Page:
Research briefs 150208

Acupuncture benefit for IVF Acupuncture might increase the success rates of IVF, according to US research. For the study, the researchers reviewed seven trials involving 1,366 women undergoing IVF. The trials compared acupuncture, administered within one day of the embryo transfer procedure, with sham acupuncture or no additional treatment. They found that for every 10 IVF cycles with acupuncture there would be one extra pregnancy (BMJ Online 2008).

HPV-positive tumour 'better outcome'
Head and neck cancer patients with HPV-positive tumours survive longer and respond better to treatment than patients with HPV-negative tumours, US research suggests. The researchers examined 96 patients with head and neck cancer. Information was collected on patients' response to chemo-radiation therapy, survival and HPV status. Those with HPV-positive tumours responded better to therapy and had better survival rates, at 96 per cent (J Nat Cancer Inst Online 2008).

Dry eye syndrome healed with fatty acids
Fatty acids could help to treat dry eye syndrome, according to research carried out at Massachusetts Eye and Ear Infirmary in Boston US research. A topical drop of alpha-linolenic acid (ALA) reduced the signs of dry eye syndrome in animal models. For the study, the researchers tested three formulations of fatty acids. They found that dry eyes treated with ALA showed the best improvement.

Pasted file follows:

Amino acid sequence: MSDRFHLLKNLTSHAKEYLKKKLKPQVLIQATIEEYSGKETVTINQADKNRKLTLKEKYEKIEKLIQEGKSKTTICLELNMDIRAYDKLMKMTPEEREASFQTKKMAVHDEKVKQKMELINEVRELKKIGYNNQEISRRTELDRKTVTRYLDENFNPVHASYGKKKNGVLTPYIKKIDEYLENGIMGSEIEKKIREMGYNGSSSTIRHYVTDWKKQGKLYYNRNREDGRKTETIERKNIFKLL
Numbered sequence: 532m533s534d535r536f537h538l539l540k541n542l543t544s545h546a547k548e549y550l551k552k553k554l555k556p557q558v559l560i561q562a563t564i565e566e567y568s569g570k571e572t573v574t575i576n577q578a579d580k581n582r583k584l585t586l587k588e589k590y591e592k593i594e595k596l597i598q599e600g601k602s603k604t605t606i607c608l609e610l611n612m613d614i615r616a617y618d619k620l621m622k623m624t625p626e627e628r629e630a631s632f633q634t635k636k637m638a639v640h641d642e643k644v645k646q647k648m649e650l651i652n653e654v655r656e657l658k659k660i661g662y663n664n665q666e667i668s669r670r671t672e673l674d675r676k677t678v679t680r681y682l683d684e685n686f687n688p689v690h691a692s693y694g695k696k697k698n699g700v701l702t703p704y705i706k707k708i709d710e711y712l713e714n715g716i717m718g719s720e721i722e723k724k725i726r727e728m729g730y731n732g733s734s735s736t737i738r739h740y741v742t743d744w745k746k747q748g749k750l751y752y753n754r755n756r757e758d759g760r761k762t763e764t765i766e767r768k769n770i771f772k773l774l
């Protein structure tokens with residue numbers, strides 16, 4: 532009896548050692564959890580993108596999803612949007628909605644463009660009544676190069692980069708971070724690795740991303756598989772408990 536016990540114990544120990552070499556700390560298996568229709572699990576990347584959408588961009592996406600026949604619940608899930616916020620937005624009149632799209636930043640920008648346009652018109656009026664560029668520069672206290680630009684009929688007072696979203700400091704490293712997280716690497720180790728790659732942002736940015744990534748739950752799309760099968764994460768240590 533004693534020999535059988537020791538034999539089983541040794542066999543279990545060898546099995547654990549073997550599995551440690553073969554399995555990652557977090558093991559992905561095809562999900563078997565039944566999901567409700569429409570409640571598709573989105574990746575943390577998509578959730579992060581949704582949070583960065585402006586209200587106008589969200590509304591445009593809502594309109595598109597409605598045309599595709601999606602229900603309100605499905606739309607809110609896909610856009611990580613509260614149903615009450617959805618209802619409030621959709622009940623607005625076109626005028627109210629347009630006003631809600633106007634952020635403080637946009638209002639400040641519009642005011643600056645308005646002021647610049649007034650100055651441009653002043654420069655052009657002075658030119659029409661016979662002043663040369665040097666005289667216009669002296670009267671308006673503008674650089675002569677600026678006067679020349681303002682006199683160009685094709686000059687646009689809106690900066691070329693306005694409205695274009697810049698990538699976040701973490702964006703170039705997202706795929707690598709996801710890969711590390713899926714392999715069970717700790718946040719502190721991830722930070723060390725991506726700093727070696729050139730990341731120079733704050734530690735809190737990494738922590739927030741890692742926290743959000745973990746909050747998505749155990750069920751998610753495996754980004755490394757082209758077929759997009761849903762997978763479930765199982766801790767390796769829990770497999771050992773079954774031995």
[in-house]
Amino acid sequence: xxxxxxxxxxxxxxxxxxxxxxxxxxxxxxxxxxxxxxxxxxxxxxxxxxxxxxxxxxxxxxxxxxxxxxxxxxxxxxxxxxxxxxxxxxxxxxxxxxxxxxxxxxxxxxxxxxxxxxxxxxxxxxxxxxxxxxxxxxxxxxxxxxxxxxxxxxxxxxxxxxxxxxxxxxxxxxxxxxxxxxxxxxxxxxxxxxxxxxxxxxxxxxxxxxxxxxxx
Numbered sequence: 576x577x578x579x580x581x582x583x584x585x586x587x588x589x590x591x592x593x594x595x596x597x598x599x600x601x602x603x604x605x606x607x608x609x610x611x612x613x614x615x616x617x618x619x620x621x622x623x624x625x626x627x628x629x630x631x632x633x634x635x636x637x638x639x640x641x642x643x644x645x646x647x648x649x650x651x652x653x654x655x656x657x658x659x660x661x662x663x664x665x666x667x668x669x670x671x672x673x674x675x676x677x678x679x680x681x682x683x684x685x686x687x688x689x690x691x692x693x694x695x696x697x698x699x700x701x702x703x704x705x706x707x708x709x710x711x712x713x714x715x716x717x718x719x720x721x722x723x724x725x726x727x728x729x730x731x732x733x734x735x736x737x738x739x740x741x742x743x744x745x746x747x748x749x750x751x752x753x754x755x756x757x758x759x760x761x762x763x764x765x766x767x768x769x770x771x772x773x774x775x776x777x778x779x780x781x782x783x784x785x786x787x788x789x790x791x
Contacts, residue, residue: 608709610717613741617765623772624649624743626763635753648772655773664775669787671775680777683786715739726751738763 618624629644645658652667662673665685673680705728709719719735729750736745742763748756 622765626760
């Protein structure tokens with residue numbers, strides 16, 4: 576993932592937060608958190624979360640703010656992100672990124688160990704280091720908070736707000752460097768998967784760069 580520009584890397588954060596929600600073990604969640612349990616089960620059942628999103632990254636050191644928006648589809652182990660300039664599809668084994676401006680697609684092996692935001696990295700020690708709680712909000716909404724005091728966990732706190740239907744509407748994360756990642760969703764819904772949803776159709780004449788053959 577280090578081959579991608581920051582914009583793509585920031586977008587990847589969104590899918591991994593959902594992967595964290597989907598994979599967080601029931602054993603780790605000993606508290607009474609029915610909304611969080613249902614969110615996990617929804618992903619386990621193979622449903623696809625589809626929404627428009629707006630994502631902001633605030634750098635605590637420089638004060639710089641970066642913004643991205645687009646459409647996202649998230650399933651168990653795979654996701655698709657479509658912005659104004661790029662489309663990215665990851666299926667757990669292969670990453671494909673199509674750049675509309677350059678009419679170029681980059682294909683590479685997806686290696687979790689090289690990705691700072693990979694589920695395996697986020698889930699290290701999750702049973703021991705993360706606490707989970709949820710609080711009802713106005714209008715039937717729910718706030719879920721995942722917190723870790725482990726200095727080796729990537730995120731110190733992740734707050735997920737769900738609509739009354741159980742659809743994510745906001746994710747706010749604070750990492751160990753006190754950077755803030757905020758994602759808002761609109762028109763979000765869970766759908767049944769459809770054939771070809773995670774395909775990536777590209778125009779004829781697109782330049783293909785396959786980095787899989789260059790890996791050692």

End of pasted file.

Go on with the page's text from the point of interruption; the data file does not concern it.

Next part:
Mouse catches cold
The first mouse to catch a cold has been developed in a move that could help lead to a cure for the common cold as well as respiratory diseases such as asthma, say UK researchers. The Imperial College London team developed a genetically engineered mouse susceptible to rhinoviruses, the cause of most colds. The researchers say that the mouse models will provide a major boost to research efforts to develop treatments for colds, asthma and COPD (Nature Med Online 2008).

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